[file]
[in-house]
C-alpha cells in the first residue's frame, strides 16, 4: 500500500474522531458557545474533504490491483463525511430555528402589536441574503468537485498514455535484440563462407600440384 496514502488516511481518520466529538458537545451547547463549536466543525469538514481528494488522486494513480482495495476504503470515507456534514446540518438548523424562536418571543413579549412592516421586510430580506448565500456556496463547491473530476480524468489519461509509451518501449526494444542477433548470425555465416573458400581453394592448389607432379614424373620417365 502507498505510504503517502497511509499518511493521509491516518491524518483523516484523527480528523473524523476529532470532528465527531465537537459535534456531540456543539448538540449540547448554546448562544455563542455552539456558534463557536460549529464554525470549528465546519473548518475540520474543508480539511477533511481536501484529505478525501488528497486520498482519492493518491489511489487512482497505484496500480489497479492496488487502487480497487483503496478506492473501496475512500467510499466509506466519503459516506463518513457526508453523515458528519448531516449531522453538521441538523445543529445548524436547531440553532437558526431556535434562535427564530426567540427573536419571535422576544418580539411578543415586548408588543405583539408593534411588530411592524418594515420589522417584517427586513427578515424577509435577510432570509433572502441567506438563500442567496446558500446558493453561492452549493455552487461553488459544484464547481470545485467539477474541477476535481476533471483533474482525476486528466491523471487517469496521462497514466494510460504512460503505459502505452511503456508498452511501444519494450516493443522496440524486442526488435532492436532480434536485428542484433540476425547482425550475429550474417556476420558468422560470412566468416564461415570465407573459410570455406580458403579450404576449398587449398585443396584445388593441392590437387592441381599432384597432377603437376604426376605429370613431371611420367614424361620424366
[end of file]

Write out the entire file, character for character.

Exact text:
[in-house]
C-alpha cells in the first residue's frame, strides 16, 4: 500500500474522531458557545474533504490491483463525511430555528402589536441574503468537485498514455535484440563462407600440384 496514502488516511481518520466529538458537545451547547463549536466543525469538514481528494488522486494513480482495495476504503470515507456534514446540518438548523424562536418571543413579549412592516421586510430580506448565500456556496463547491473530476480524468489519461509509451518501449526494444542477433548470425555465416573458400581453394592448389607432379614424373620417365 502507498505510504503517502497511509499518511493521509491516518491524518483523516484523527480528523473524523476529532470532528465527531465537537459535534456531540456543539448538540449540547448554546448562544455563542455552539456558534463557536460549529464554525470549528465546519473548518475540520474543508480539511477533511481536501484529505478525501488528497486520498482519492493518491489511489487512482497505484496500480489497479492496488487502487480497487483503496478506492473501496475512500467510499466509506466519503459516506463518513457526508453523515458528519448531516449531522453538521441538523445543529445548524436547531440553532437558526431556535434562535427564530426567540427573536419571535422576544418580539411578543415586548408588543405583539408593534411588530411592524418594515420589522417584517427586513427578515424577509435577510432570509433572502441567506438563500442567496446558500446558493453561492452549493455552487461553488459544484464547481470545485467539477474541477476535481476533471483533474482525476486528466491523471487517469496521462497514466494510460504512460503505459502505452511503456508498452511501444519494450516493443522496440524486442526488435532492436532480434536485428542484433540476425547482425550475429550474417556476420558468422560470412566468416564461415570465407573459410570455406580458403579450404576449398587449398585443396584445388593441392590437387592441381599432384597432377603437376604426376605429370613431371611420367614424361620424366